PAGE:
Two picks to keep kids reading in the summer

Two picks to keep kids reading in the summer

As the summer rolls on, are you yearning for school to begin again? To give you and your children an opportunity for a bit of learning, here are two new picture books that present information in such a way that learning, even in the heart of summer, will be fun.

For the youngest students, there's "1 2 3 versus A B C" (2013, Harper, written and illustrated by Mike Boldt, ages 2-5). As you open the book to the title spread, on the left side, a cartoonish No. 1 introduces himself, saying he's glad you've come to read this book about numbers. On the right side, a jovial looking letter A enters, saying how happy he is that you're reading this book about letters.

"WHAT?!!" they both shout as you turn the page. Each is sure there's been a mistake. The argument builds until they are interrupted by a humble-looking alligator who tells them he's been asked to be in the book. No. 1 ushers him in, saying, "That settles it then. Since there is 1 alligator, this is a book about Numbers.

"Did you hear what you said?" responds A. "Alligator. That starts with the letter A."

The discussion continues as two bears show up in three cars. On it goes, with each addition adding to the chaos in the text and digital illustrations. Some of those joining in include 13 Monkeys wearing 14 Neckties juggling 15 Oranges, and 25 balls of Yarn, which will be used to knit sweaters for you guessed it 26 Zebras. In the end, it appears that our main characters have worked things out, agreeing that this was a book about both numbers and letters.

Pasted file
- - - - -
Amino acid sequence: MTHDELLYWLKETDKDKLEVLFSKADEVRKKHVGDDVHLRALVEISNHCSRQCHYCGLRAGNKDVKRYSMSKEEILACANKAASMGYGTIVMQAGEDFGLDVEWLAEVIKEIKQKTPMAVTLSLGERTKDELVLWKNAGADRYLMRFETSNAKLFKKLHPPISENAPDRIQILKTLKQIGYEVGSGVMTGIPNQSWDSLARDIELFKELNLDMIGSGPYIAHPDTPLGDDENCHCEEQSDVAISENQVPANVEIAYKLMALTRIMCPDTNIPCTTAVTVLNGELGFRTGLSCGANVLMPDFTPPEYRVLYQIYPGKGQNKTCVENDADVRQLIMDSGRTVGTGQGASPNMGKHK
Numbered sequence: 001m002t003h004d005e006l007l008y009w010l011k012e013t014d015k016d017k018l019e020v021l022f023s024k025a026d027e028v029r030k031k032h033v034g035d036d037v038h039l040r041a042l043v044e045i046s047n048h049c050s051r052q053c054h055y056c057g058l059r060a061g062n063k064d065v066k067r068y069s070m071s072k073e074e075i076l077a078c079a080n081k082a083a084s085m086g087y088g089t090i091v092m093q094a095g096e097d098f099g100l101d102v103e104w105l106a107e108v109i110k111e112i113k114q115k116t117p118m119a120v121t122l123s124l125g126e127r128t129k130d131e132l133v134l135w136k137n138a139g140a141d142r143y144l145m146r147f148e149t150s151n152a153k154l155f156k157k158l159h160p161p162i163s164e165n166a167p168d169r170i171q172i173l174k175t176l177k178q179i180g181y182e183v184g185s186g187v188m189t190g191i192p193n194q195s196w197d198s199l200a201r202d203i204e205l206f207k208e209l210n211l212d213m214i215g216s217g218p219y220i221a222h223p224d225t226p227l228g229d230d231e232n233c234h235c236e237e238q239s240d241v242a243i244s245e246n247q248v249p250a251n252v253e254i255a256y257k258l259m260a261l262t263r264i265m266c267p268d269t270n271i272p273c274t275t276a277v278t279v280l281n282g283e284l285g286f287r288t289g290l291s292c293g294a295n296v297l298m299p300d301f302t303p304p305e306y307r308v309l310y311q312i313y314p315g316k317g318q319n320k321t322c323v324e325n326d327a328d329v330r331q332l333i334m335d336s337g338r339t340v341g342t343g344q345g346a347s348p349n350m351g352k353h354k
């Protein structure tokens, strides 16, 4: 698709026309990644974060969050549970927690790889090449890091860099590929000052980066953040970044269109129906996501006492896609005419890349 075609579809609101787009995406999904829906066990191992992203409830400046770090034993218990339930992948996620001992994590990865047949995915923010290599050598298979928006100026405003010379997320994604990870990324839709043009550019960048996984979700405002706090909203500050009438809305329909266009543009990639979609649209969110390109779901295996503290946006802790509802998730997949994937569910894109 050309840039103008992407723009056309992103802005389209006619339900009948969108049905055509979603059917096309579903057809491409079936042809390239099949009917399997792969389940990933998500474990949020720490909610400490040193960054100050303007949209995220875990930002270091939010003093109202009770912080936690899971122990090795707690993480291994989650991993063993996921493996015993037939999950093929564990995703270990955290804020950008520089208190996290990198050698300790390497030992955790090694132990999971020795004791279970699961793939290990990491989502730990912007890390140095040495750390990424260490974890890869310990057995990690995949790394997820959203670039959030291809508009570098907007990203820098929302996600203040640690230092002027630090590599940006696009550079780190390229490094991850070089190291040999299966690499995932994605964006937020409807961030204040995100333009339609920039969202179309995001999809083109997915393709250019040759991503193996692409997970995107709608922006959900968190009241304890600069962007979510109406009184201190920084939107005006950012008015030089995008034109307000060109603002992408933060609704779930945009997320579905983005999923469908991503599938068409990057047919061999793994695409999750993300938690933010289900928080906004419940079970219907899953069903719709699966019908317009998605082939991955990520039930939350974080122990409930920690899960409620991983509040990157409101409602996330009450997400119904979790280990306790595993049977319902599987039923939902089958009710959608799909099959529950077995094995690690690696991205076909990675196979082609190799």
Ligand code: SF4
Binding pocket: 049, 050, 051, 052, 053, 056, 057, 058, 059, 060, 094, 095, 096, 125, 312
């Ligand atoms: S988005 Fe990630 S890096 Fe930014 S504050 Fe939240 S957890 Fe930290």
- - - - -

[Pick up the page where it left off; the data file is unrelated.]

There's a surprise, though. On the last page, a new character enters, saying "Ummhello? I'm supposed to be in a book about colors." Go ahead — look back through the book. You'll see that the colors were there all along as well.

The older crowd, older elementary-aged students that is, will enjoy "President Taft is Stuck in the Bath" (2014, Candlewick Press, written by Mac Barnett, illustrated by Chris Van Dusen, ages 5-10), though this one will also provide a chuckle for adults.

After a one-page introduction of President Taft, the 27th president of the United States, the book gets down to its real business. "But today President Taft is stuck in his bathtub," we are told. "Blast!" said Taft. "This could be bad." Over the next spreads, Van Dusen's comical illustrations show the cartoon-like Taft attempting to heave, squeeze and shimmy out of the tub. "I hope," said Taft, "that nobody notices I am missing."

With a knock, however, his wife enters. "We need action," Taft says. "A plan!" They call in the vice president, who announces that he's ready to be sworn in as president. "Blast that!" Taft bellows. Next, the secretary of state suggests a diet, the secretary of agriculture suggests butter and the secretary of war suggests TNT. "Blast blasting!" Taft says. "That's dangerous, man!" Other secretaries' suggestions are rejected as well, (including the secretary of the treasury's idea to throw money at the problem), until finally Taft concludes that he must resign.

"Wait!" the first lady pipes up. She suggests using their arms instead of their brains. The group gives her plan a try, tug on Taft from all sides, and out he flies. After an amusing finish, an author's note shares some of the factual accounts upon which this fictional book is based. Along with the laughs, this is a great discussion starter about history and government.

Alice B. McGinty (http://www.alicebmcginty.com), is the co-regional adviser of the Illinois Chapter of the Society of Children's Book Writers and Illustrators and the award-winning author of over 40 books for children. She directs a summer writing camp, Words on Fire, for teens, and tutors school-aged children in writing.

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